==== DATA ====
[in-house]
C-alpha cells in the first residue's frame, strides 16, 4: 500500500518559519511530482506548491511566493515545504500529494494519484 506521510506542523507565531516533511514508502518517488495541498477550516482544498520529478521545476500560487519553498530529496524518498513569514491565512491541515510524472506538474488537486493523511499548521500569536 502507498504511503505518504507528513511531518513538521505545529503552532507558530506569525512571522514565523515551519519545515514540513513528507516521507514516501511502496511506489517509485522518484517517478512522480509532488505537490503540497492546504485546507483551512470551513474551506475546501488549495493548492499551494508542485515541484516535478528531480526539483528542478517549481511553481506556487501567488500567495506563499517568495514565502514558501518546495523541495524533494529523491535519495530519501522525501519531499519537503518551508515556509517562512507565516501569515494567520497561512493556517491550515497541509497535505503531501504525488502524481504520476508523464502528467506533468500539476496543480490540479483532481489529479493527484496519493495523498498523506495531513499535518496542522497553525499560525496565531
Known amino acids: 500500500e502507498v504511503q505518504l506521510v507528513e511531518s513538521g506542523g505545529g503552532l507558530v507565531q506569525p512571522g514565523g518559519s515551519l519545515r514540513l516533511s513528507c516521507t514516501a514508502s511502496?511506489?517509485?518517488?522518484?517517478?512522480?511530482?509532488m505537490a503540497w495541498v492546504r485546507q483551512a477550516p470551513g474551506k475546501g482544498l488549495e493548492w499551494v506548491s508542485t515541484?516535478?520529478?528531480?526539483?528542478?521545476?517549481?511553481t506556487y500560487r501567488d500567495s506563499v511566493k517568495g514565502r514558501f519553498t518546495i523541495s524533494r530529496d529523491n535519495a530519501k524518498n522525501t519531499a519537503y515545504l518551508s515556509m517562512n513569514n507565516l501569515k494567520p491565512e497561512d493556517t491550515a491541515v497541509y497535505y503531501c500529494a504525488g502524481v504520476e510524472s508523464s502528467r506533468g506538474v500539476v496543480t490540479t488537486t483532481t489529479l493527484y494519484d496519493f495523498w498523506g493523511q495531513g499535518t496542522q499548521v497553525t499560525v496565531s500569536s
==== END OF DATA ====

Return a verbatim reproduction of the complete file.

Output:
[in-house]
C-alpha cells in the first residue's frame, strides 16, 4: 500500500518559519511530482506548491511566493515545504500529494494519484 506521510506542523507565531516533511514508502518517488495541498477550516482544498520529478521545476500560487519553498530529496524518498513569514491565512491541515510524472506538474488537486493523511499548521500569536 502507498504511503505518504507528513511531518513538521505545529503552532507558530506569525512571522514565523515551519519545515514540513513528507516521507514516501511502496511506489517509485522518484517517478512522480509532488505537490503540497492546504485546507483551512470551513474551506475546501488549495493548492499551494508542485515541484516535478528531480526539483528542478517549481511553481506556487501567488500567495506563499517568495514565502514558501518546495523541495524533494529523491535519495530519501522525501519531499519537503518551508515556509517562512507565516501569515494567520497561512493556517491550515497541509497535505503531501504525488502524481504520476508523464502528467506533468500539476496543480490540479483532481489529479493527484496519493495523498498523506495531513499535518496542522497553525499560525496565531
Known amino acids: 500500500e502507498v504511503q505518504l506521510v507528513e511531518s513538521g506542523g505545529g503552532l507558530v507565531q506569525p512571522g514565523g518559519s515551519l519545515r514540513l516533511s513528507c516521507t514516501a514508502s511502496?511506489?517509485?518517488?522518484?517517478?512522480?511530482?509532488m505537490a503540497w495541498v492546504r485546507q483551512a477550516p470551513g474551506k475546501g482544498l488549495e493548492w499551494v506548491s508542485t515541484?516535478?520529478?528531480?526539483?528542478?521545476?517549481?511553481t506556487y500560487r501567488d500567495s506563499v511566493k517568495g514565502r514558501f519553498t518546495i523541495s524533494r530529496d529523491n535519495a530519501k524518498n522525501t519531499a519537503y515545504l518551508s515556509m517562512n513569514n507565516l501569515k494567520p491565512e497561512d493556517t491550515a491541515v497541509y497535505y503531501c500529494a504525488g502524481v504520476e510524472s508523464s502528467r506533468g506538474v500539476v496543480t490540479t488537486t483532481t489529479l493527484y494519484d496519493f495523498w498523506g493523511q495531513g499535518t496542522q499548521v497553525t499560525v496565531s500569536s